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The Age of Things Sticks_ Stones and the Universe

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					    The Age of Things:
Sticks, Stones and the Universe



     The Physics of Carbon 14

  http://cfcp.uchicago.edu/~mmhedman/compton1.html
The Basic Idea of Carbon 14




       Willard F. Libby,
           inventor of Carbon-14 Dating
                                Different Elements
Nomenclature




     +   Proton
                         Carbon 12               Nitrogen 14
         Neutron         6 protons                   7 protons
                         6 neutrons                  7 neutrons
         Electron        6 electrons                 7 electrons

                          Same Element, Different Isotopes
Element:
 Number of Protons

Isotope:
 Number of Neutrons
 (Same No. of Protons)

                         Carbon 12               Carbon 14
                         6 protons                   6 protons
                         6 neutrons                  8 neutrons
                         6 electrons                 6 electrons
Warning!
Astrophysicist
Talking About
Nuclear
Physics!
Why are nuclei stable? Because….



                 E=m                  c 2
                                                   Just a number

              Energy                        Mass




Any object with mass also contains a certain amount of energy
Why are nuclei stable? Because….



                E=m                     c 2
                                                         Just a number

             Energy                            Mass:

                                   Intrinsic quality of an object

                                   Determines how the object
                                     moves in response to forced


                      More Mass        Less Motion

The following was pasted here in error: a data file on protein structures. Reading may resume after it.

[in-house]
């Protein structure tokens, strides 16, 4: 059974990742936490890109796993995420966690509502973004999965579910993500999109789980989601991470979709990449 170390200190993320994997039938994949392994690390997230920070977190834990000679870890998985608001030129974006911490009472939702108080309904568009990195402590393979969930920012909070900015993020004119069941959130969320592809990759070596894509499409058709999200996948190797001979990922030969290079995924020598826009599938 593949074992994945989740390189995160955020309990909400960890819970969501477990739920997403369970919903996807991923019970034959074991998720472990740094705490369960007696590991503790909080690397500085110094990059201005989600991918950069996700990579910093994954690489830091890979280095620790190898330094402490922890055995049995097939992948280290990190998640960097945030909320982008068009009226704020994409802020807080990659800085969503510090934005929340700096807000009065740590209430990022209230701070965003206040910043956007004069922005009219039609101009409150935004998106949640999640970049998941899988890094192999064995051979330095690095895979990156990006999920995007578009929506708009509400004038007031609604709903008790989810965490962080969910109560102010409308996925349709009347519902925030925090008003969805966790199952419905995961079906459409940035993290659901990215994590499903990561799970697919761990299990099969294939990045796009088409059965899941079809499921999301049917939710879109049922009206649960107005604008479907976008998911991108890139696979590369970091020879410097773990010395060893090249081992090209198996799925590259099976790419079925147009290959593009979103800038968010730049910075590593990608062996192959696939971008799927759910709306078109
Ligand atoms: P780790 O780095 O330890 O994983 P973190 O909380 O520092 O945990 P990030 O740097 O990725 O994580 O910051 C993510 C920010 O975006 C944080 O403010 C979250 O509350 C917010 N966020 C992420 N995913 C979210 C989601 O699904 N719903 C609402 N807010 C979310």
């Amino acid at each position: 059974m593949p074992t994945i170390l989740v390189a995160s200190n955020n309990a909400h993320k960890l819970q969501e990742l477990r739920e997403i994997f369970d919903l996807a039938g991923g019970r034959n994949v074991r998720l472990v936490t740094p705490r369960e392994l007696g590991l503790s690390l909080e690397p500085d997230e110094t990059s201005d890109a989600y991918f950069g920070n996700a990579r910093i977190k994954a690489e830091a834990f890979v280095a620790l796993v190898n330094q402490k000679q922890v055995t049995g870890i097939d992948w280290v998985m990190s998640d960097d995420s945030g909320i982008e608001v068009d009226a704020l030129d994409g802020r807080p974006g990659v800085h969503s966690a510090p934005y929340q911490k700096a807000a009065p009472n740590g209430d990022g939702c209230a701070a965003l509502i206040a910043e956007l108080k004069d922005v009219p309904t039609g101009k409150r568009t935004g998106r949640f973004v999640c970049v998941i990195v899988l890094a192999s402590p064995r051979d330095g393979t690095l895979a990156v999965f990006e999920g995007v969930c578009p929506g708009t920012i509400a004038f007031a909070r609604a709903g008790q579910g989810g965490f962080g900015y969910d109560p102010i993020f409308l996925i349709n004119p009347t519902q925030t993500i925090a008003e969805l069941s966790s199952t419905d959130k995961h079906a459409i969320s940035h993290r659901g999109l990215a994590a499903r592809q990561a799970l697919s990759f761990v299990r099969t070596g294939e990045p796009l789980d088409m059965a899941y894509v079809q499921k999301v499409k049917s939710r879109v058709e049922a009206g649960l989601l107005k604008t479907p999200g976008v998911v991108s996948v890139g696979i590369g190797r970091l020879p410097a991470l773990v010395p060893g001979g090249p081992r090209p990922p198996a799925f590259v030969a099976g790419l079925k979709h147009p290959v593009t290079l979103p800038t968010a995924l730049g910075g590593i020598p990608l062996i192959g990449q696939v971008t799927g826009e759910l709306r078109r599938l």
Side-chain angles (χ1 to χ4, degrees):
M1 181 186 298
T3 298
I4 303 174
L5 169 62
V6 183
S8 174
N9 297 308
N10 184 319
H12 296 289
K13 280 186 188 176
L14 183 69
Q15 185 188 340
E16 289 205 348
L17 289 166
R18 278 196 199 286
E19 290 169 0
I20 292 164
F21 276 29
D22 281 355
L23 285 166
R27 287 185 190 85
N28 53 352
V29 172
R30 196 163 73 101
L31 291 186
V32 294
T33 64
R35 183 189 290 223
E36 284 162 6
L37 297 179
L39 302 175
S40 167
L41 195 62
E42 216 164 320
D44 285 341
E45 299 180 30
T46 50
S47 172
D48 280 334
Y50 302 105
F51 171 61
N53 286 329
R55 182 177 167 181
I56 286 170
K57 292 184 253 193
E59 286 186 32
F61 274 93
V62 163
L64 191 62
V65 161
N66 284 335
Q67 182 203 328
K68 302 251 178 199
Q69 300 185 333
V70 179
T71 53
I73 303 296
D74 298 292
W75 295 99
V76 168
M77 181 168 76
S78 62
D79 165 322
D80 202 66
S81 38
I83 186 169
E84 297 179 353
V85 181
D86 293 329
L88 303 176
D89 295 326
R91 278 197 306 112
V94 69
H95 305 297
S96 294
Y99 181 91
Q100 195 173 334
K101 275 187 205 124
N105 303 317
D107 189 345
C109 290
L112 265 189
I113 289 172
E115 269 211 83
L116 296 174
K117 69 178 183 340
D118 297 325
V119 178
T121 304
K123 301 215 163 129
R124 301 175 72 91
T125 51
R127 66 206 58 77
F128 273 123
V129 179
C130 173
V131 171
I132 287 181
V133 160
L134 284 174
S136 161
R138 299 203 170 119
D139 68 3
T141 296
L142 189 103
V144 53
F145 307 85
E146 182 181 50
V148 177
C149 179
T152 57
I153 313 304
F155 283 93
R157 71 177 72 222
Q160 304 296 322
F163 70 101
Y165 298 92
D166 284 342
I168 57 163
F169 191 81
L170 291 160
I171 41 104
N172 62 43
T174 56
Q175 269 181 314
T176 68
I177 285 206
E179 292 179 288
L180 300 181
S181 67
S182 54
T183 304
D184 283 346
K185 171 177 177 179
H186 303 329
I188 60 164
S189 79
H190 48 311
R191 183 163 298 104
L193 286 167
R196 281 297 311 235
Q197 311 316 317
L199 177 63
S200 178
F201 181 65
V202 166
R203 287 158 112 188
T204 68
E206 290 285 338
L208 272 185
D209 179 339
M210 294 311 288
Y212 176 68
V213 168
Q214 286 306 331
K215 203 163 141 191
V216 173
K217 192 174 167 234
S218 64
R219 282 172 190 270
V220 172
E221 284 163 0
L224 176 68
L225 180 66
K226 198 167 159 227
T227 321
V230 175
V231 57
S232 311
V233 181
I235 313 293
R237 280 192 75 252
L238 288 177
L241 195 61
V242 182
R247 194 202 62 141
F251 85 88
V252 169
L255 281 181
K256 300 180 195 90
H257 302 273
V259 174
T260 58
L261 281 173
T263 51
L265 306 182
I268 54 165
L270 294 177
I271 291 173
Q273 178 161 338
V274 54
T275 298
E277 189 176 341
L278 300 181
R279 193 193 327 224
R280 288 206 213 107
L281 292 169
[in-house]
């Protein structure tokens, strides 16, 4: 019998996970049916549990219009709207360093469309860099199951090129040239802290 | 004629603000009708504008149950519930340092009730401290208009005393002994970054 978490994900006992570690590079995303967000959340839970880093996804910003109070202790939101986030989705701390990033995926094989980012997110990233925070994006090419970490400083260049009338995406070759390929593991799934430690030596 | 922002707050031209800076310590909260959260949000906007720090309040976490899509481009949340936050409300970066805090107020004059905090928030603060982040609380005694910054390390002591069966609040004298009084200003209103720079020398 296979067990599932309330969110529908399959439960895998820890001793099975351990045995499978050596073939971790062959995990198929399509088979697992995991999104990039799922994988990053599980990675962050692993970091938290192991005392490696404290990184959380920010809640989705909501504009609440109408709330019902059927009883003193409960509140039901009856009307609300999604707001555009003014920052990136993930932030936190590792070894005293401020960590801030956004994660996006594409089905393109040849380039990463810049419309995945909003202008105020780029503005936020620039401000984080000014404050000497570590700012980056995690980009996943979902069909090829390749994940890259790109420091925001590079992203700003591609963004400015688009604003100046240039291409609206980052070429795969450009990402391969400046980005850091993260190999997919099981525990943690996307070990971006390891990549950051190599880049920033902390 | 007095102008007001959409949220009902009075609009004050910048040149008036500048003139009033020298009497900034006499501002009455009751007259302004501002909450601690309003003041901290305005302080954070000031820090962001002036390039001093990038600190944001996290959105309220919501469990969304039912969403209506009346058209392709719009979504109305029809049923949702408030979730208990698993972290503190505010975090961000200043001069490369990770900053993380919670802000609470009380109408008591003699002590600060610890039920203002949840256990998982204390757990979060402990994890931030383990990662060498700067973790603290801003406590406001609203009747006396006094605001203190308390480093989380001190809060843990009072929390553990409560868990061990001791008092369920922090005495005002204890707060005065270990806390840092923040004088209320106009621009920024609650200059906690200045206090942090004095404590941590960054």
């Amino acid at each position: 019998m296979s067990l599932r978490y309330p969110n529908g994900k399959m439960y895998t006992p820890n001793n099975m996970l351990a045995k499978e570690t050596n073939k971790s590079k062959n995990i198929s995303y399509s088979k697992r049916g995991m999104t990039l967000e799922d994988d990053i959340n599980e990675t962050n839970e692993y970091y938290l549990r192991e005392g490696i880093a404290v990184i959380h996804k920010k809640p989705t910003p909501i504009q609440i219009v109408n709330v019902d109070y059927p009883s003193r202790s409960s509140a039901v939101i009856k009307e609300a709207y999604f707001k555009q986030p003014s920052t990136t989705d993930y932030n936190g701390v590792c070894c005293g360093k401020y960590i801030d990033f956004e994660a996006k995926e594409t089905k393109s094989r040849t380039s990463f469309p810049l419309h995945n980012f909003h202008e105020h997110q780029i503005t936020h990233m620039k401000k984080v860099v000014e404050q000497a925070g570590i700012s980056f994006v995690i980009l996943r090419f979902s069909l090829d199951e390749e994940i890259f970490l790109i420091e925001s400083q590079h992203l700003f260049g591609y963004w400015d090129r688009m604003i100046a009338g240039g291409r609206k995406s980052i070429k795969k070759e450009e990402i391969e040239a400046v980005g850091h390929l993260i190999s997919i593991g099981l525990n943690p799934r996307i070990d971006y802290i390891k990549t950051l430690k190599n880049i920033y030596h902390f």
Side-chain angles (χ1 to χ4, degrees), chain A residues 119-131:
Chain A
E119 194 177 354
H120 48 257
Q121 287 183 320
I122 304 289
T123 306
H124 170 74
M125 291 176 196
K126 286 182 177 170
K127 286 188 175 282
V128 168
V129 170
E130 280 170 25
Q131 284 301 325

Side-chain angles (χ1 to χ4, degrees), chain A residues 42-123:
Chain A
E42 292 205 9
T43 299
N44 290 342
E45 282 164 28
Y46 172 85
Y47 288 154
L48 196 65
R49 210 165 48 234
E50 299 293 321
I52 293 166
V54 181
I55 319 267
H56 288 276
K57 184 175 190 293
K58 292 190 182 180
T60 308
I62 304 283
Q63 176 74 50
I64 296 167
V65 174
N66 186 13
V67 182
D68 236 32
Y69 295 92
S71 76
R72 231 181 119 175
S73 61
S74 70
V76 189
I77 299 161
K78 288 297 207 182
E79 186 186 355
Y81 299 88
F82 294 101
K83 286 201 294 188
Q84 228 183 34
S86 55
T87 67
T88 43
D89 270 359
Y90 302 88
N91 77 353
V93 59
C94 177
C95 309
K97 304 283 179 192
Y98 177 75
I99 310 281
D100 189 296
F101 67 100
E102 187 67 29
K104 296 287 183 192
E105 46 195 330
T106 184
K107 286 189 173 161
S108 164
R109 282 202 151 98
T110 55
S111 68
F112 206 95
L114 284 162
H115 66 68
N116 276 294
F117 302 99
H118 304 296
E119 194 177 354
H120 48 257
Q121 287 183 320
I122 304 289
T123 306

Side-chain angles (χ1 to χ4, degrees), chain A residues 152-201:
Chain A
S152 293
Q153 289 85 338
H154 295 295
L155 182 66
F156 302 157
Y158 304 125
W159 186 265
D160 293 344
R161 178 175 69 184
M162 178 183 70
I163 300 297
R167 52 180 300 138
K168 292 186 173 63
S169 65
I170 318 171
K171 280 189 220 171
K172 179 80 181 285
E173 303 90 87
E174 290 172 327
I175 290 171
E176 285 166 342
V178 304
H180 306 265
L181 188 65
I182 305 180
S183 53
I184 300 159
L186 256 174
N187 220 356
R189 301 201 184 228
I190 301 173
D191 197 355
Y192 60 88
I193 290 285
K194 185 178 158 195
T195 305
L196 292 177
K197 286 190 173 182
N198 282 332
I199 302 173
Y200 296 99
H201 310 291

Same
Push
                      Less Mass                  More Motion
Why are nuclei stable? Because….



                    E=m                          c 2
                                                                  Just a number

                Energy:                                 Mass:
  A conserved quantity                      Intrinsic quality of an object
     (energy can change form,
      but not be created or destroyed)      Determines how the object
                                              moves in response to forced
  The potential to cause motion



                            Less velocity, less Kinetic Energy

                                         More velocity, more Kinetic Energy
Why are nuclei stable? Because….



                     E=m                         c 2
                                                                  Just a number

                Energy:                                 Mass:
  A conserved quantity                      Intrinsic quality of an object
     (energy can change form,
      but not be created or destroyed)      Determines how the object
                                              moves in response to forced
  The potential to cause motion




                 m                          m

            Energy = E                   Energy = E + E
Nuclear Stability



 Mass of Carbon-12   <   Mass of 6 protons + Mass of 6 Neutrons
Nuclear Stability



 Mass of Carbon-12     <        Mass of 6 protons + Mass of 6 Neutrons




        Since E = m c2……

 Energy of Carbon-12   <     Energy of 6 protons + Energy of 6 Neutrons



   So, energy must be supplied to the nucleus to break it into its
   component parts. The nucleus cannot break apart on its own.



  A nucleus can only only decay if the products of the decay have
  less mass than the original nucleus
Nuclear Stability



 Mass of Carbon-12       <     Mass of 6 protons + Mass of 6 Neutrons




          Since E = m c2……

 Energy of Carbon-12     <   Energy of 6 protons + Energy of 6 Neutrons




 Mass of Initial State   >     Mass of Final State
Three Types of Nuclear Decay


                               Helium Nucleus
 



                                      electron


 
                                         neutrino




                                   photon
Carbon 14 Decay




      Carbon 14                       Nitrogen 14

                                                electron